Wednesday, April 18, 2012

April 18

April 18, 1846 Browning is receiving letters of congratulation from his literary friends for his latest episode of 'Bells and Pomegranates':

"Because, here is Mr. Kenyon's and Landor's (which had been sent to to Moxon's [his publisher] some days ago,--whence the delay)--and Mrs. Jameson's. All kind and indulgent and flattering in their various ways..but my Ba, me dear, dear Ba,...I like to be praised now, in a sense, much, much more than ever--but, darling,--oh how easily, if need were, I could know the world was abusing at it's loudest outside,--if you were inside..tho' but the thinnist of guaze canopies kept us from the buzzing! This is only said on this subject, struck out by it,--not of it,--for the praise is good true praise and from the worthies of out time--but--you, I love,--and there is the world-wide difference. And what ought I say to Mr. Kenyon's report of me? Stand quietly, assentingly? You will agree with this at least, that he cannot know what he says--only be disposed to hope and believe it is so: still, to speak so to you--what would I not do to repay him, if that could be!...Do I 'remember' praying God to bless me thro' the blessing on you? Shall I ever forget to pray so, rather! My dear--dearest, I pray now, with all my heart,--may He bless you--and what else can now bless your own R?--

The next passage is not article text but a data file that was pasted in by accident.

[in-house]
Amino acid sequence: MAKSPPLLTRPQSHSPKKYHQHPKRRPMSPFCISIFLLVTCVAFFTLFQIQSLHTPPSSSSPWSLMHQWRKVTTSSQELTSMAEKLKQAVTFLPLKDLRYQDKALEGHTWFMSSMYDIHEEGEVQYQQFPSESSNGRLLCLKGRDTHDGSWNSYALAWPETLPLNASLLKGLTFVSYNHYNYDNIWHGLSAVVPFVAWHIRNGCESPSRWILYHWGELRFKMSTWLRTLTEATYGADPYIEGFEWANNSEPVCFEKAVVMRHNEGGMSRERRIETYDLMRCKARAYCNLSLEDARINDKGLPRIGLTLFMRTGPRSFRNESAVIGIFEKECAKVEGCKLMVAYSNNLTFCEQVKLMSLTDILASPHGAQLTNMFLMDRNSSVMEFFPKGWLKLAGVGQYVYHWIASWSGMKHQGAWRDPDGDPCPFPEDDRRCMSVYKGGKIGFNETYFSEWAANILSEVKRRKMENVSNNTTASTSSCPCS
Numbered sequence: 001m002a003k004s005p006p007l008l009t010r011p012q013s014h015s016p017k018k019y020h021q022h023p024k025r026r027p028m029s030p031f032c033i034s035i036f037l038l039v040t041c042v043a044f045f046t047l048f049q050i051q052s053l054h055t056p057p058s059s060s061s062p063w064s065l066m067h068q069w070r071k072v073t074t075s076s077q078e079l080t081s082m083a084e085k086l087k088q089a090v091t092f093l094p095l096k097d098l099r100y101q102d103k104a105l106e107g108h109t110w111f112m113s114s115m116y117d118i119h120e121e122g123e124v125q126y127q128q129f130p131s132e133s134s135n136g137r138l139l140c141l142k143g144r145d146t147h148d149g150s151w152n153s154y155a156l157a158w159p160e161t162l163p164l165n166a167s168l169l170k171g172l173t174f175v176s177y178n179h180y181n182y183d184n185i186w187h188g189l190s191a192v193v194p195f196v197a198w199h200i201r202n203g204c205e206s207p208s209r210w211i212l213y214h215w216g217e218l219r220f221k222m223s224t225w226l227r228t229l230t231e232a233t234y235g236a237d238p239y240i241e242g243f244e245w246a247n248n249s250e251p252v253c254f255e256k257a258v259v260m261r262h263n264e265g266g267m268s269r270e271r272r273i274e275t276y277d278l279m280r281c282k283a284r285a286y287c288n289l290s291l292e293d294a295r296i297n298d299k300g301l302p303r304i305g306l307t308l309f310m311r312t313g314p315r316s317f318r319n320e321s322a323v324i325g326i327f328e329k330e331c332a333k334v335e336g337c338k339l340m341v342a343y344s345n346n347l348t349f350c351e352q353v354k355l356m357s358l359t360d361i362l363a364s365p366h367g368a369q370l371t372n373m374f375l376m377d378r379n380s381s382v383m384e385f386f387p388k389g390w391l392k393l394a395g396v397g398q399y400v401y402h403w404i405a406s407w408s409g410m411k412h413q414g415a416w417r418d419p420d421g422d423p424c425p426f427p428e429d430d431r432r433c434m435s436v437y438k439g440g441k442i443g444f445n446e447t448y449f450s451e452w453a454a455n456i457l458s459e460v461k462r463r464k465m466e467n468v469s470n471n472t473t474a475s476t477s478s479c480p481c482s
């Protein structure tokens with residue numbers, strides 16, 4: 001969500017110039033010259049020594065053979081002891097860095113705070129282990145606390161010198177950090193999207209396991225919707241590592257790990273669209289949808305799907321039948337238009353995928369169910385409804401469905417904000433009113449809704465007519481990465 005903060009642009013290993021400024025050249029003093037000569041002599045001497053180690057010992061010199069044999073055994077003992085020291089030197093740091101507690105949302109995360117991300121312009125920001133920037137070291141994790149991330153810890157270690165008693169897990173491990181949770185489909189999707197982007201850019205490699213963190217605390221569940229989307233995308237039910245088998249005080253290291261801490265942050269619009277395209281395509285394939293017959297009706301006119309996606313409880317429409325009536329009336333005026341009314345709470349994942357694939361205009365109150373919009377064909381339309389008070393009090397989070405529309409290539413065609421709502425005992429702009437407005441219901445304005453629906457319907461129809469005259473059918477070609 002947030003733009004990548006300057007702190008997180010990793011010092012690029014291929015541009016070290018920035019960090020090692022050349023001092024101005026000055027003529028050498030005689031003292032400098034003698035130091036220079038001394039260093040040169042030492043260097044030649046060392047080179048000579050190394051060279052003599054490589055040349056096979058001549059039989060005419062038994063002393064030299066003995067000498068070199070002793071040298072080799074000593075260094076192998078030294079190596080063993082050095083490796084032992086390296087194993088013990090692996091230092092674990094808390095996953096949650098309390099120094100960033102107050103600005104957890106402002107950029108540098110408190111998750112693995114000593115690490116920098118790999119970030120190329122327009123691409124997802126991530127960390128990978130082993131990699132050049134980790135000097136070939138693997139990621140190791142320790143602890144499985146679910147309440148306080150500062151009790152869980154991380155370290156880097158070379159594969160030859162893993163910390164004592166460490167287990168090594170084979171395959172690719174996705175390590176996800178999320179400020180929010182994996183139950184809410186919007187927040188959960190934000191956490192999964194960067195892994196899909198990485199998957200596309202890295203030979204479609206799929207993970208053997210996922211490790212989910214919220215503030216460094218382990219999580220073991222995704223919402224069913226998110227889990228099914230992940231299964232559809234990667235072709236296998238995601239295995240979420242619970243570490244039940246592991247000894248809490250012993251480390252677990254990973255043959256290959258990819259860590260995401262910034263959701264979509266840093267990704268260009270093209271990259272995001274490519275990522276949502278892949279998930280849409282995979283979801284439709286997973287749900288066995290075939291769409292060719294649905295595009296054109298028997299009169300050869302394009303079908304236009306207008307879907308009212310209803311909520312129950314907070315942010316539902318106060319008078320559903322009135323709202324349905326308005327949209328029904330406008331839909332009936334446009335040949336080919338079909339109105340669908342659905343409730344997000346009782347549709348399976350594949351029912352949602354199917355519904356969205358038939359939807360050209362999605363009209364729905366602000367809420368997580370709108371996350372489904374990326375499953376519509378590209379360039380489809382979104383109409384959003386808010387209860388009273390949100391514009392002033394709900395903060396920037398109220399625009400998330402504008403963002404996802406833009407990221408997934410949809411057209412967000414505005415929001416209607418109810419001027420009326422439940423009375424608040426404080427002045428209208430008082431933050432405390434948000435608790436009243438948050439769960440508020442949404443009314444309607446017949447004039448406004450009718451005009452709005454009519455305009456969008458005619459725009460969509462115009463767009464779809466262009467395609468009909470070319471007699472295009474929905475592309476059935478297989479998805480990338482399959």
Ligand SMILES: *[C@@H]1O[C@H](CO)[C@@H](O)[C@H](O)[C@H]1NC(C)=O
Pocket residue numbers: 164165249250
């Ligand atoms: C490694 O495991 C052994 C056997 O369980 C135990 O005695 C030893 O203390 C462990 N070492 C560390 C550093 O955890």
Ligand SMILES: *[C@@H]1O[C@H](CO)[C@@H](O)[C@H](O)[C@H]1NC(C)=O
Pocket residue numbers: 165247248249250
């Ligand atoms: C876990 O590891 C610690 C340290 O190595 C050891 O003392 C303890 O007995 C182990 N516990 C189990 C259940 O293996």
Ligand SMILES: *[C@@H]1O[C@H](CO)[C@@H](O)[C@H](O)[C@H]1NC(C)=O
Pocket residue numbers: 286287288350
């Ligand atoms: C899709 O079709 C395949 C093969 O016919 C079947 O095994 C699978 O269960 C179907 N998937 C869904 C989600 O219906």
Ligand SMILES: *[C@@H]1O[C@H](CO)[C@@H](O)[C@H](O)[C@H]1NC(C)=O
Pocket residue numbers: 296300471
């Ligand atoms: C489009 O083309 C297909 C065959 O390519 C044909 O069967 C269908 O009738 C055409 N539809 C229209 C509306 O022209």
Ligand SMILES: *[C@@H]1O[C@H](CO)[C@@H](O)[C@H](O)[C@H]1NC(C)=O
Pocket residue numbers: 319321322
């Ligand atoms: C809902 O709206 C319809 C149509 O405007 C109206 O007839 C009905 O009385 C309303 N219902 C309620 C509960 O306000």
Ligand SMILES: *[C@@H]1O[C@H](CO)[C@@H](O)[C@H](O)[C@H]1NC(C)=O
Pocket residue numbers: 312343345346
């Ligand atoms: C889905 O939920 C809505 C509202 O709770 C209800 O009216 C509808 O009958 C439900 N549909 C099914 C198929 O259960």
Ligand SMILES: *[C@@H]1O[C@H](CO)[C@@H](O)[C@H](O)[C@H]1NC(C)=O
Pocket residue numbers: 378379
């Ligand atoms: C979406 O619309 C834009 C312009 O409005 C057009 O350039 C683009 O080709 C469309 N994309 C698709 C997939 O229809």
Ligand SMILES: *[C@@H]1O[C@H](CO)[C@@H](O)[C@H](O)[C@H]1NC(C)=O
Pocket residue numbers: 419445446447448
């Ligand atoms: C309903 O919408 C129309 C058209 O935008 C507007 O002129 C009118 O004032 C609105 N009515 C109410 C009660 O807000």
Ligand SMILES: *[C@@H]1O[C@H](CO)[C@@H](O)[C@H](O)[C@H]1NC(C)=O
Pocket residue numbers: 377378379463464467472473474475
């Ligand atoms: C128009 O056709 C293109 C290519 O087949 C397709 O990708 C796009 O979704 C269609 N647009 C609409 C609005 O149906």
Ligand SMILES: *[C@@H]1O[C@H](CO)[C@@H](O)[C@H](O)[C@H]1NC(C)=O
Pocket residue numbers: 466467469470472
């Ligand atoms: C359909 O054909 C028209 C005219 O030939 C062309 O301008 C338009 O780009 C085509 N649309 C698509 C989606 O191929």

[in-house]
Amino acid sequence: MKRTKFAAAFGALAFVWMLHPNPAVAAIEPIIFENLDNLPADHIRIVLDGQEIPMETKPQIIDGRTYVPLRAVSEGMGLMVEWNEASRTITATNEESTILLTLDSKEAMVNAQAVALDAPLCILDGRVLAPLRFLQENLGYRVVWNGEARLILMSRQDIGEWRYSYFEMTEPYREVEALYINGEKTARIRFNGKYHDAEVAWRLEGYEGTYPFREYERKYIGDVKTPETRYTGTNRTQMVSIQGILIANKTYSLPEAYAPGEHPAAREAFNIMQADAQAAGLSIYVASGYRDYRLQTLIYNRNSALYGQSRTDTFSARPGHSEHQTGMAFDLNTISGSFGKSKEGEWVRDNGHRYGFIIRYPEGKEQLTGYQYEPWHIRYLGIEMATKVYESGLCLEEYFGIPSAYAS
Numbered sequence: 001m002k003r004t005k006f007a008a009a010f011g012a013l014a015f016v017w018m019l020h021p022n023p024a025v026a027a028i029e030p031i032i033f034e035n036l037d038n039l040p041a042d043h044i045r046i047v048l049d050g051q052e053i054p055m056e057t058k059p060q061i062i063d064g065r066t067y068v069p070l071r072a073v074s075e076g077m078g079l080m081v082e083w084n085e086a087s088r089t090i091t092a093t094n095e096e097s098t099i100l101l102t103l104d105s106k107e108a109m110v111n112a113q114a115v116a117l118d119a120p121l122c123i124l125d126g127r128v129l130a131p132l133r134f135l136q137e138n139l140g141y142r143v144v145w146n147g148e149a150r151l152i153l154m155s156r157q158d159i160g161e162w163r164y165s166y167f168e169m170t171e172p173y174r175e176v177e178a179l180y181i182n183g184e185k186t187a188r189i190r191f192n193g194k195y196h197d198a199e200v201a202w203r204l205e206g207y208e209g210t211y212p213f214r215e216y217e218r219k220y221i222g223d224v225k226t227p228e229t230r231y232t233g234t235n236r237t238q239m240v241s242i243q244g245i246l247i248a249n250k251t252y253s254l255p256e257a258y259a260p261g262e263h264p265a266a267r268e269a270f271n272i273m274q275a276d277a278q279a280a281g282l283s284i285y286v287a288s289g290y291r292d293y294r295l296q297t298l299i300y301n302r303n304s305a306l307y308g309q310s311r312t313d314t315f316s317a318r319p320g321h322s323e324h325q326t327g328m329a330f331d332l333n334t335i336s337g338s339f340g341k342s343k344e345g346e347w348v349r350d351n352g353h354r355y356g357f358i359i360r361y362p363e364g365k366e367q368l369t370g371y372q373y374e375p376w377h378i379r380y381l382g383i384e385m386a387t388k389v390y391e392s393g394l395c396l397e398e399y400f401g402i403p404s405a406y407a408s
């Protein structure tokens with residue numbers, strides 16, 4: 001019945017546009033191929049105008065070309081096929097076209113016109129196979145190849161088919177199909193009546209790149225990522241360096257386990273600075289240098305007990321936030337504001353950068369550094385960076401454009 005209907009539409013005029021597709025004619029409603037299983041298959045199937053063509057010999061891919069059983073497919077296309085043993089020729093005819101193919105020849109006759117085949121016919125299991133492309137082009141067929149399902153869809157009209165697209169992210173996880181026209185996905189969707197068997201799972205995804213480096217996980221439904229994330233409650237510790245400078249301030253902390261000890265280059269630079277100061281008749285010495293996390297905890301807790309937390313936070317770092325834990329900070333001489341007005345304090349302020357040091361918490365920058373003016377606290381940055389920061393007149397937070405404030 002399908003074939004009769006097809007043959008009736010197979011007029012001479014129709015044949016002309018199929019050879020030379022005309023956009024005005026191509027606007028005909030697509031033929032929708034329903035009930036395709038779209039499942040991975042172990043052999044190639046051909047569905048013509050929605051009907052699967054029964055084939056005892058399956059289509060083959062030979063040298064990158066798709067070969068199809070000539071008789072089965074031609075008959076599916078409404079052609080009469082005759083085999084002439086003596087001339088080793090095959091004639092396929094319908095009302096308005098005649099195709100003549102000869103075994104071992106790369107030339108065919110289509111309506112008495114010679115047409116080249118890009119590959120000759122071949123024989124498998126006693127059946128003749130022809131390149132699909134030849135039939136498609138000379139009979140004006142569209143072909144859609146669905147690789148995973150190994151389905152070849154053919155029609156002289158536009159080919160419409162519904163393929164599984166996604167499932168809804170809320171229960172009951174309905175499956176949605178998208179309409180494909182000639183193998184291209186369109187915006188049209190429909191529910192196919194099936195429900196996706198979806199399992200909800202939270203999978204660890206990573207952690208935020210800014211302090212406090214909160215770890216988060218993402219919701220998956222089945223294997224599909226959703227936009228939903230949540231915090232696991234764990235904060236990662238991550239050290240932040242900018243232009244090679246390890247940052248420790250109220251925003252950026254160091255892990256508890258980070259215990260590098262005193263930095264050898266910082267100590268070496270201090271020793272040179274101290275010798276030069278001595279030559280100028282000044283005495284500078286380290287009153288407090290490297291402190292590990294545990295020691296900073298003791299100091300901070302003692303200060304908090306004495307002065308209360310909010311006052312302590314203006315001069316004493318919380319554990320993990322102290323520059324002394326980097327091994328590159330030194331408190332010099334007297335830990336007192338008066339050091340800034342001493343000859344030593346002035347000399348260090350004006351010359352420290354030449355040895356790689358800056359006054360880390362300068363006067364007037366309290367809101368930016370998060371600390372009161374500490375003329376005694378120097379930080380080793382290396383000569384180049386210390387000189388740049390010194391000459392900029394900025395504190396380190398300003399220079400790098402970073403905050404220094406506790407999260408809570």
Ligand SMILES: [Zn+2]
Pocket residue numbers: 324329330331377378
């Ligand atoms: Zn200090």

Charming as usual but the comment about Kenyon not really knowing him is characteristic. Most men would of course demure and be humble. But Browning takes it a step further and questions it without denying it. A different kind of thinker. Unconventional.

He has begun to answer her last letter with this, but we will find tomorrow that he goes back to her most recent letter again. He again proves the point he made early in their correspondence that he doesn't know what to write to her if he doesn't have a letter of her's to respond to. Interestingly there is no letter from Miss Barrett on April 18, 19 or 20 (the date of their regular visit). She does not follow her own dictum in letter writing, but perhaps a reason for this lapse will emerge.

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